Make Better Decisions Faster
Business Intelligence and Data Analytics are critical practices to ensure your organization is running efficiently and proactively. To determine how these fundamentals of data practices can help improve operations within your organization, we must first be able to determine the difference between the two and answer how they can be utilized moving forward.
Business Intelligence (BI) refers to the technologies, applications, and practices used to collect, integrate, analyze, and visualize your organization's data as valuable information. This technology-driven process is used to help executives, managers, and other data consumers in your organization make informed business decisions. BI allows your organization to identify business opportunities, gauge productivity, and optimize spending for areas like sales and marketing by predicting customer behavior and analyzing trends over time.
Data Analytics (DA) refers to the act of converting unstructured or raw data into a comprehensive or informational format that can be used to support your organization at all levels. Your organization will be able to make quality decisions, improve planning and forecasting, enable consistent data across your enterprise, improve speed, accessibility, ease of use, and ultimately lower costs and increase operational efficiency. The benefits to how Data Analytics can improve your organization are nearly endless. The following are a couple of examples where Data Analytics can be applied to your data to make it a powerful informational asset.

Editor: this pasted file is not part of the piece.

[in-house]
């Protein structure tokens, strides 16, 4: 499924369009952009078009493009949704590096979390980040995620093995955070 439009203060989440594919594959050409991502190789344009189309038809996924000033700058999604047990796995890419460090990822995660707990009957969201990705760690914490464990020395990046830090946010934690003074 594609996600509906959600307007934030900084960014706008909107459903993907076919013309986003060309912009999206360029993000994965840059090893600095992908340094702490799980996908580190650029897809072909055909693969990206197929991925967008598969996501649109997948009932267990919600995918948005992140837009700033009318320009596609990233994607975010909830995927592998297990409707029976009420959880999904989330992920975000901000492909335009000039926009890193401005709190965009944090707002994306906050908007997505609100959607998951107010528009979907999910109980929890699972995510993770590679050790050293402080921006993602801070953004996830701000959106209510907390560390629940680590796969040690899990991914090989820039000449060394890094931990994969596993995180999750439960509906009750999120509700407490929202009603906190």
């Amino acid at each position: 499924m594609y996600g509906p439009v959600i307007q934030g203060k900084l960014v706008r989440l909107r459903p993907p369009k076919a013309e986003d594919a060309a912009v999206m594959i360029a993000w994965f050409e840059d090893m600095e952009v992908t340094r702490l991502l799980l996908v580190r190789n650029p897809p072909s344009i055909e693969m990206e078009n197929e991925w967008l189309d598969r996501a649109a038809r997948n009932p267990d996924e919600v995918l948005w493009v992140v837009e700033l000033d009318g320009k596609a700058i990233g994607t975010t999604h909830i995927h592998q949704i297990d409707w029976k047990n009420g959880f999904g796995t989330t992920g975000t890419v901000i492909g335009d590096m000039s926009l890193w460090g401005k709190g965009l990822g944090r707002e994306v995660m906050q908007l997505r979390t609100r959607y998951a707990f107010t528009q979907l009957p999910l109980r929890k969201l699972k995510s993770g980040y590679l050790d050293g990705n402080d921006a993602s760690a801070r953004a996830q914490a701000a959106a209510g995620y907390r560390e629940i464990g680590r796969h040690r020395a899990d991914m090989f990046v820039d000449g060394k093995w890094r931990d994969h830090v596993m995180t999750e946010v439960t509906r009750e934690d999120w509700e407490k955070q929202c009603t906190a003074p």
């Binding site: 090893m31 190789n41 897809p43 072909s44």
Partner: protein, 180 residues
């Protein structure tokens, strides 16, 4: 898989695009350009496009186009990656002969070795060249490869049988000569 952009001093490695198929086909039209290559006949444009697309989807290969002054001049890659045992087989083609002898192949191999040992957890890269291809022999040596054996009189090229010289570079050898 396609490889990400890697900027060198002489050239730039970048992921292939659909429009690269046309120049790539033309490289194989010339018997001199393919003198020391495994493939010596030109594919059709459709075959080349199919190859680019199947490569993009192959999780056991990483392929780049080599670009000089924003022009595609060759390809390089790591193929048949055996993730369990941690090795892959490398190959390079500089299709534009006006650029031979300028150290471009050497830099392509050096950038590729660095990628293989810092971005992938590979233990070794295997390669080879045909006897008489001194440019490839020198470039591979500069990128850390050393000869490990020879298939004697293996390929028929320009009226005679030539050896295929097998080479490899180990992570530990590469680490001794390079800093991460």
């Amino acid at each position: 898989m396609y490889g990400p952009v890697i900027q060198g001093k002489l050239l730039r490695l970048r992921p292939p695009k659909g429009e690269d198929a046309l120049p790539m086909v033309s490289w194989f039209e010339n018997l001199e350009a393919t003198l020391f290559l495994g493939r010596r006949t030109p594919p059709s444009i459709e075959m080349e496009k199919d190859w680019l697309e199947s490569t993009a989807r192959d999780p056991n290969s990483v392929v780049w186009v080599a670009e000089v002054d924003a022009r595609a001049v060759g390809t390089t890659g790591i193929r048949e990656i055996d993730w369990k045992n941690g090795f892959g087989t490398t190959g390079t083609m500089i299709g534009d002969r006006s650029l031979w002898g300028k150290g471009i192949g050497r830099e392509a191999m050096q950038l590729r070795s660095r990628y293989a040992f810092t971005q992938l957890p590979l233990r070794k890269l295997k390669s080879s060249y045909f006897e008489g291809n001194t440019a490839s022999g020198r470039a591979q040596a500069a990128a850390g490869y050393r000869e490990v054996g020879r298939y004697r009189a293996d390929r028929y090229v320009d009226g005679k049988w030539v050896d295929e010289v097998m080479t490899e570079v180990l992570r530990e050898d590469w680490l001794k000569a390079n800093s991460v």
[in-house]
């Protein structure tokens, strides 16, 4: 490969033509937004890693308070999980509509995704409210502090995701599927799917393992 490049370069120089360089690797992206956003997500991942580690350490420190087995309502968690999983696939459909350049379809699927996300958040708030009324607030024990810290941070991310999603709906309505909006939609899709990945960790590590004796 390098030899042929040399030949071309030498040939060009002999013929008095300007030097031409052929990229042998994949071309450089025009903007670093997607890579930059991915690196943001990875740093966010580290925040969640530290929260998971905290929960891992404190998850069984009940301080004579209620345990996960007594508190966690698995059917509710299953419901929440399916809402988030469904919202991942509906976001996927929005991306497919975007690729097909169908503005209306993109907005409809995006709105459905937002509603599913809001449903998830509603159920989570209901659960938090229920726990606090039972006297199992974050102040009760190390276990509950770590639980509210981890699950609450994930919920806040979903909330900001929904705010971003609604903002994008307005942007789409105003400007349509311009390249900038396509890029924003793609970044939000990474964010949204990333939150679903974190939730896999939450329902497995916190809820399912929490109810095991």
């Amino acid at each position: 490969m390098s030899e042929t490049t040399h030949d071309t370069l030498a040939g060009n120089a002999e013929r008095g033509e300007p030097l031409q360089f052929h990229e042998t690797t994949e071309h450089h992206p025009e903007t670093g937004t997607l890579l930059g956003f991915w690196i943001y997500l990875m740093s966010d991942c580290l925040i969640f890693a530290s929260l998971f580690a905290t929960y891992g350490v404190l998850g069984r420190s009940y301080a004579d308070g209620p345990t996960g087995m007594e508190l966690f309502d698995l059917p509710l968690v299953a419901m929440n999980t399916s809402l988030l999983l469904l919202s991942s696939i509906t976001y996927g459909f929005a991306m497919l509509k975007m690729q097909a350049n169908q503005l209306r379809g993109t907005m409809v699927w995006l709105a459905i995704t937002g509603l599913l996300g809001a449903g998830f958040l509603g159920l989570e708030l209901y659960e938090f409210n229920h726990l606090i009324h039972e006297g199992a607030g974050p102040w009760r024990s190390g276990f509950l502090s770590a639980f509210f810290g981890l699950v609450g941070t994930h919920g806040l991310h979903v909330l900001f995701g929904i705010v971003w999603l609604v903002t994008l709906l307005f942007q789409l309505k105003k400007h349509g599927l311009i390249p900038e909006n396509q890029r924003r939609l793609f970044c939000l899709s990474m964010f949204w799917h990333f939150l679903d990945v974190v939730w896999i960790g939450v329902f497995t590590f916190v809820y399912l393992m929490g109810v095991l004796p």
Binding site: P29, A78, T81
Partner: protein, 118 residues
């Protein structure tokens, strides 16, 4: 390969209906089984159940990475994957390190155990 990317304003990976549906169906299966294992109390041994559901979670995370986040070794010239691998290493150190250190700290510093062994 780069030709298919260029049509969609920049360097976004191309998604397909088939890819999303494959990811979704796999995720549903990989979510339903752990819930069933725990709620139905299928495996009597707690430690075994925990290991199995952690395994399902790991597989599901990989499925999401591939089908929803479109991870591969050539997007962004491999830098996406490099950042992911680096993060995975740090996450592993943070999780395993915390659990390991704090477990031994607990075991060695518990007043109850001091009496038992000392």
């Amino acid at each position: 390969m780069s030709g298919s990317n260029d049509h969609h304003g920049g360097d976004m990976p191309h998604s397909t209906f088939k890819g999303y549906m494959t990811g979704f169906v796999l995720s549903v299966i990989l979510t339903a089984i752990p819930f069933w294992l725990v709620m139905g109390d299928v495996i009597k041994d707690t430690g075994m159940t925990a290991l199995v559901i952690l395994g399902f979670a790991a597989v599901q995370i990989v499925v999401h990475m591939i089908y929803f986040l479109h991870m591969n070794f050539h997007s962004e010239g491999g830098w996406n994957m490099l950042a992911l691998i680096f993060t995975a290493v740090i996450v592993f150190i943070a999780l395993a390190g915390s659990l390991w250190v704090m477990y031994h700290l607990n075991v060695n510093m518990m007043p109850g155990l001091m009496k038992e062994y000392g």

- Customer Experience: Data Analytics allows you to get to know your customers by compiling and understanding data regarding their habits, preferences, and needs. This enables your organization to tailor offerings and solutions that will optimize your customers' experience and outcomes, making them more likely to return to your organization in the future. Data analytics could be applied to product offerings, services, geographical locations of stores, frequency of contact, and medium of contact, etc.